CONFERENCE

A major international conference on "Intact Forests in the 21st Century" took place in Oxford on 18 – 20 June 2018, hosted by the University of Oxford in partnership with the Wildlife Conservation Society (WCS). The conference brought together leading scientists, researchers, policy experts and practitioners from around the world to review and debate the current state of knowledge relating to intact forests, their values, the threats they face, and the most appropriate responses.

A Declaration on Intact Forests in the 21st Century

Following the stimulating 3-day conference a declaration has been issued stating the importance of and urgency for international recognition of intact forests. The organisers would be pleased to hear from individuals and organisations who would like to be associated with the declaration. Those interested can contact us through the conference email: ifc2018@ouce.ox.ac.uk | Download declaration (English) | French | Russian | Portuguese | Indonesian.


Final Programme View presentations Conference summary report

Invitation to submit to a special issue on Intact Forests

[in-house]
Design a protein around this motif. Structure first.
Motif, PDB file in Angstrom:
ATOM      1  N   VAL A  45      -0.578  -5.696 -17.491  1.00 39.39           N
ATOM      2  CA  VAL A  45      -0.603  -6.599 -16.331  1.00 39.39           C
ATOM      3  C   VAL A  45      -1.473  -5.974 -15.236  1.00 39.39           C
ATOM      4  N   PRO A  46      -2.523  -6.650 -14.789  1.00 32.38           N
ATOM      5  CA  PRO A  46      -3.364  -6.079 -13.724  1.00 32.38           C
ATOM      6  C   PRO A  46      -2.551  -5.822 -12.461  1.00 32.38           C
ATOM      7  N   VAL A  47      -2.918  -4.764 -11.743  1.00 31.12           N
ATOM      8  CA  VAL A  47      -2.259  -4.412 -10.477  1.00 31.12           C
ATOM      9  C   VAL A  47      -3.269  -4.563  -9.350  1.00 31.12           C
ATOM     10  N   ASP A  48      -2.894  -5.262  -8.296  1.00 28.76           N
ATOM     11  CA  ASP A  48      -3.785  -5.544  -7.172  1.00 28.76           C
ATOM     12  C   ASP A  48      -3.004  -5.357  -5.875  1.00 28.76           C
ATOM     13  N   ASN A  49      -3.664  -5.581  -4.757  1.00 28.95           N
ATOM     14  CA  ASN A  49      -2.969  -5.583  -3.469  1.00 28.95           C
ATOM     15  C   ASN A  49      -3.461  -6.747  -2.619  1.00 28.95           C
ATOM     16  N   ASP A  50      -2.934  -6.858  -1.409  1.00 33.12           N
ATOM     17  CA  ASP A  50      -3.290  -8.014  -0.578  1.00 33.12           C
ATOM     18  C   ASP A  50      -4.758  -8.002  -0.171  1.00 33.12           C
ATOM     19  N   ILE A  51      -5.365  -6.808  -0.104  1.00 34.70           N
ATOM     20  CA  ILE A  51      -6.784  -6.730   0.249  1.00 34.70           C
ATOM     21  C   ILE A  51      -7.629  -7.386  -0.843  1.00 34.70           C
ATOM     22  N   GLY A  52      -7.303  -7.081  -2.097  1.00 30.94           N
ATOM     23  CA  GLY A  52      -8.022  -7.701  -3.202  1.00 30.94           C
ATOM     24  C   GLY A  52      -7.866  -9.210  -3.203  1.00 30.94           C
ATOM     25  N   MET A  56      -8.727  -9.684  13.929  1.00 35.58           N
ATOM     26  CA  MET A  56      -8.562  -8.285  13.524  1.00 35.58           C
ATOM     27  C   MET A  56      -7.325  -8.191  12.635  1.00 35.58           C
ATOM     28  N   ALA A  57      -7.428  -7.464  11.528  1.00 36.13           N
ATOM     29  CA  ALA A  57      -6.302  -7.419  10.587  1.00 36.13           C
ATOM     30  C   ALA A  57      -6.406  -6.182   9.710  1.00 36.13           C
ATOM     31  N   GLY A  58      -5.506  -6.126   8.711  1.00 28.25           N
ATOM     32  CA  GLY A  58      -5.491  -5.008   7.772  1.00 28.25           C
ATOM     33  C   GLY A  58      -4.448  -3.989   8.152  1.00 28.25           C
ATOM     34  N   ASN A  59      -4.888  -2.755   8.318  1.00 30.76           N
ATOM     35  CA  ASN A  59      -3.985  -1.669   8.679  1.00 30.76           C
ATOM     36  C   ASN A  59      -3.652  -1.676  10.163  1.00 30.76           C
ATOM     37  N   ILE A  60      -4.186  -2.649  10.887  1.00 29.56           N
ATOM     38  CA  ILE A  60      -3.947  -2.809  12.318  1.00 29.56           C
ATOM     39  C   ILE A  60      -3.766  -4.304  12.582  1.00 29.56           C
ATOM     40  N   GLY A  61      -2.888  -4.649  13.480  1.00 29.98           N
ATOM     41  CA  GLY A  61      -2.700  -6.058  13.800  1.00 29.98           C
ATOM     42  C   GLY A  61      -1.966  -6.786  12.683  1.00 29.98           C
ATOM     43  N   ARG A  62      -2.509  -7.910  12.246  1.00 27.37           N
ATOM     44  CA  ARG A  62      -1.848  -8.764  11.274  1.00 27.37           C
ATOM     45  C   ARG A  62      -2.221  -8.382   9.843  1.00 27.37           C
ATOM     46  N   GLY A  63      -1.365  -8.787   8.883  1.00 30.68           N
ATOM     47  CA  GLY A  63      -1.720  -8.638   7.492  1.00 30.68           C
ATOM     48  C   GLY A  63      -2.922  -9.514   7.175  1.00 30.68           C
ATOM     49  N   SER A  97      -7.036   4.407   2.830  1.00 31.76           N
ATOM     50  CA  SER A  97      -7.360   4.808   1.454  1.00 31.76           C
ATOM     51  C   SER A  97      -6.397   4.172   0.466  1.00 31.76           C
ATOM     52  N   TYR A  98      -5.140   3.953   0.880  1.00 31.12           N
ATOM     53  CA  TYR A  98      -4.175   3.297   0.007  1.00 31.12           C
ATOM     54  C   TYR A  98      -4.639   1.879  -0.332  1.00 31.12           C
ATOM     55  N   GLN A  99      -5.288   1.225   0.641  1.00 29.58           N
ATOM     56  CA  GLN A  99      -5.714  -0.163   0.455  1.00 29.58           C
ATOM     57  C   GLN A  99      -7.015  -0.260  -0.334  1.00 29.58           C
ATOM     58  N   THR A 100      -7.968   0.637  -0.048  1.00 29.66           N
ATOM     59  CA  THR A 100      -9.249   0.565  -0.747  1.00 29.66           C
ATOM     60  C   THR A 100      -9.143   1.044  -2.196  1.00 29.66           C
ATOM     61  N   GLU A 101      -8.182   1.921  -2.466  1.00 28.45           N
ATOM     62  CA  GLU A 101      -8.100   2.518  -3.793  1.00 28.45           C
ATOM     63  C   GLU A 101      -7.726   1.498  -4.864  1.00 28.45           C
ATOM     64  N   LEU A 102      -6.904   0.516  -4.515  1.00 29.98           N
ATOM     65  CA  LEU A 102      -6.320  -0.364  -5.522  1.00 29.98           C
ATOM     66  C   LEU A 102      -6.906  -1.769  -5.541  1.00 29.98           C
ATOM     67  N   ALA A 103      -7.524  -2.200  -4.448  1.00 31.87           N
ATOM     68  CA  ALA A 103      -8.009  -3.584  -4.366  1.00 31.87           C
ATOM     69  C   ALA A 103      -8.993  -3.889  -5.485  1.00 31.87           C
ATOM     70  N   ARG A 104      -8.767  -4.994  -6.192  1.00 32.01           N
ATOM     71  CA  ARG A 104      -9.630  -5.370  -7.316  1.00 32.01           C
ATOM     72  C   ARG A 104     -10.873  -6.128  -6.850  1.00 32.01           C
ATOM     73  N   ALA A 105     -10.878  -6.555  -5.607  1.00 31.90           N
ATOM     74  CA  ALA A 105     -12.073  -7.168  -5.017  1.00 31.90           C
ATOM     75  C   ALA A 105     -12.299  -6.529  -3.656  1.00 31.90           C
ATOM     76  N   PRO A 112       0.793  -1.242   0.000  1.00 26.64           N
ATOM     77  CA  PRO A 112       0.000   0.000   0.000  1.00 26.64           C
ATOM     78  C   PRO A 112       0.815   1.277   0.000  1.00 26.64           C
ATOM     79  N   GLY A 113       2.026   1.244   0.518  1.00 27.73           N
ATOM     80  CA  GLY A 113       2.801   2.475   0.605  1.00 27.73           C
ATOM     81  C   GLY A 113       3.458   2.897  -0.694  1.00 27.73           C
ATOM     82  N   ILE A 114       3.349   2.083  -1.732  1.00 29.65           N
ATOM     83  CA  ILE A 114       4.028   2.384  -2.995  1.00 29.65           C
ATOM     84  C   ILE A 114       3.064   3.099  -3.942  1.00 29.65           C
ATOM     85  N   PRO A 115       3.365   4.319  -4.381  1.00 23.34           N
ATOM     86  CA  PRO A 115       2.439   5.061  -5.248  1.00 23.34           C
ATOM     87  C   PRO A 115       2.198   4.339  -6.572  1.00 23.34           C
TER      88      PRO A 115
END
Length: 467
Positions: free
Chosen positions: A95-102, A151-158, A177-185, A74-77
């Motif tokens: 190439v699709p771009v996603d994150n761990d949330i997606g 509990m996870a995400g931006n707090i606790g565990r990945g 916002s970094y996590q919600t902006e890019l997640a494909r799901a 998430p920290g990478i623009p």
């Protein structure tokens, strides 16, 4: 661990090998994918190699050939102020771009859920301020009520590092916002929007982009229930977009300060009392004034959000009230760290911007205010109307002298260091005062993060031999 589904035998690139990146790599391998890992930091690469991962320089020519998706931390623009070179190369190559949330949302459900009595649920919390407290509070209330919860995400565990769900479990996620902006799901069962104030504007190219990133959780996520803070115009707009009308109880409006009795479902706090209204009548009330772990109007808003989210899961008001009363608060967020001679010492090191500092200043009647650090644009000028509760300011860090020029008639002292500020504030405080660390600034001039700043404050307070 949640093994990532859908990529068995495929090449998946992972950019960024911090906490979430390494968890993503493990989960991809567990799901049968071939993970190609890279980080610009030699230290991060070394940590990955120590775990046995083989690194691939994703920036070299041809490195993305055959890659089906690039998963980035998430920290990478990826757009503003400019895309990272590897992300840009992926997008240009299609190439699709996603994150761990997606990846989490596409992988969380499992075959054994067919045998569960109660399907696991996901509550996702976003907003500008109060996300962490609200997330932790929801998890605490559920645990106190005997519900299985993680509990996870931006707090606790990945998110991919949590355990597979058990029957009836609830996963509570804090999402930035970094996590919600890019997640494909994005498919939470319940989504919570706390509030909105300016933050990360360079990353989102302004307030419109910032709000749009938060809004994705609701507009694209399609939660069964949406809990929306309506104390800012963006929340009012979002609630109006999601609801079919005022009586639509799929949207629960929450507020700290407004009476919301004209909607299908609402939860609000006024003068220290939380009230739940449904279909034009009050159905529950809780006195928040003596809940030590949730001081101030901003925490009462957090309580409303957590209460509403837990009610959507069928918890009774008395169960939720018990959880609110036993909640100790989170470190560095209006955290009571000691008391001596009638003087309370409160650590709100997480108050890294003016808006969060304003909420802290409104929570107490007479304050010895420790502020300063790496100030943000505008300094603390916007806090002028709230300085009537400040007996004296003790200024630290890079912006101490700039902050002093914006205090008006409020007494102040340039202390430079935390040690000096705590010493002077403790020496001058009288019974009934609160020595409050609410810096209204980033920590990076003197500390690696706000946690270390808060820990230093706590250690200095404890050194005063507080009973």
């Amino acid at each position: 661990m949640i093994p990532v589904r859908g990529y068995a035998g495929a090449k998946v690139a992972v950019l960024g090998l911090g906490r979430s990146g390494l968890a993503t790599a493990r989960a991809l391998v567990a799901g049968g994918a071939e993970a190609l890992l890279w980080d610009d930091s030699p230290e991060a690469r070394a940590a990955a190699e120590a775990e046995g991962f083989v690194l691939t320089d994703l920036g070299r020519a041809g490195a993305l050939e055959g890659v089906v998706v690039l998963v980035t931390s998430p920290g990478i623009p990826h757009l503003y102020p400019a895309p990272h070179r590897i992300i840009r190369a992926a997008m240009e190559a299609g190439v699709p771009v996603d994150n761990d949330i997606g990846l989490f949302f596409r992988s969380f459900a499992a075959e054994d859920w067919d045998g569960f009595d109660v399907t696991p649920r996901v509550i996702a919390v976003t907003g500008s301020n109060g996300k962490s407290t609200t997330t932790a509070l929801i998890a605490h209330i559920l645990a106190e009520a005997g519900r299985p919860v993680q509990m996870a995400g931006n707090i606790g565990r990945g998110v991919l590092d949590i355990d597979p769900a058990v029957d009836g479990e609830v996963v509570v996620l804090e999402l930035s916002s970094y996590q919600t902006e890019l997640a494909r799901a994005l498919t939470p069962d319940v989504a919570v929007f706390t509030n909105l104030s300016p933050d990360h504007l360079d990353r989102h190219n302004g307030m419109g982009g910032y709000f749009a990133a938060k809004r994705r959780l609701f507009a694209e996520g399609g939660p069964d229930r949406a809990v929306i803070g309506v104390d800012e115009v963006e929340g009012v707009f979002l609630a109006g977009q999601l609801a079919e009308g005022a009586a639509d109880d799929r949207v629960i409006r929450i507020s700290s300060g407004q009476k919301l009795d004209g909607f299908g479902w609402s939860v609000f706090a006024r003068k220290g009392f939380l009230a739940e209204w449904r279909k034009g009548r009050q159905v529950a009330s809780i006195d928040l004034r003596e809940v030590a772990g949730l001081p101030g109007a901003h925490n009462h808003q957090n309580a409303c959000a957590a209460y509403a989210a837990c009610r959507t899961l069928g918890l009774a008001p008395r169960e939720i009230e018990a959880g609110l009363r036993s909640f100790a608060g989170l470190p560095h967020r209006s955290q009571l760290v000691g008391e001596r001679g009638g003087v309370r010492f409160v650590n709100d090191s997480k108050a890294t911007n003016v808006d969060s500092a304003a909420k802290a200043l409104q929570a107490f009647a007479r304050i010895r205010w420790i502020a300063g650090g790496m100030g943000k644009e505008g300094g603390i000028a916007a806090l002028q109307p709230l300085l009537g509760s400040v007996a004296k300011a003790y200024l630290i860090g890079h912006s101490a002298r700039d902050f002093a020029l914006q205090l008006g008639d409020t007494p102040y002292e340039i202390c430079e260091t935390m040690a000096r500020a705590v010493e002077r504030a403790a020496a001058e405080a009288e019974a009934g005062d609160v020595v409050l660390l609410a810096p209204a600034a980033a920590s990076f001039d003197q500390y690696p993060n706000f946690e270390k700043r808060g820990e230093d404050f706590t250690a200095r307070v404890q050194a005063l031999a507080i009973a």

Following the Oxford symposium on Intact Forests in the 21st Century, we would like to invite submissions to a special issue on “Intact Forests” in the open access journal “Frontiers in Forest and Global Change”.

The call is open equally to symposium participants and to anybody else interested in the topic. We welcome submissions of full articles, policy perspectives and methods papers, which directly address the threats, values, definitions and policy instruments available to protect, maintain and/or enhance intact forest areas. Please note that the scope of this topic goes well beyond the ‘Intact Forest Landscapes’ mapping approach (as popularized by Greenpeace, the University of Maryland and others) and so we would encourage submissions involving a wide range of other analytical frameworks too.

There are currently two deadlines, one for submission of abstracts on September 17 and a final submission deadline of December 15, 2018. Invitations for full submissions will be made at the abstract stage. As this journal is open access there will be some publishing fees (around $US 900 for full papers, $400-600 for perspectives or methods papers); however, there will be some full or partial waivers available for authors based in developing countries and students as well as on a case by case basis for those who do not have access to other funds.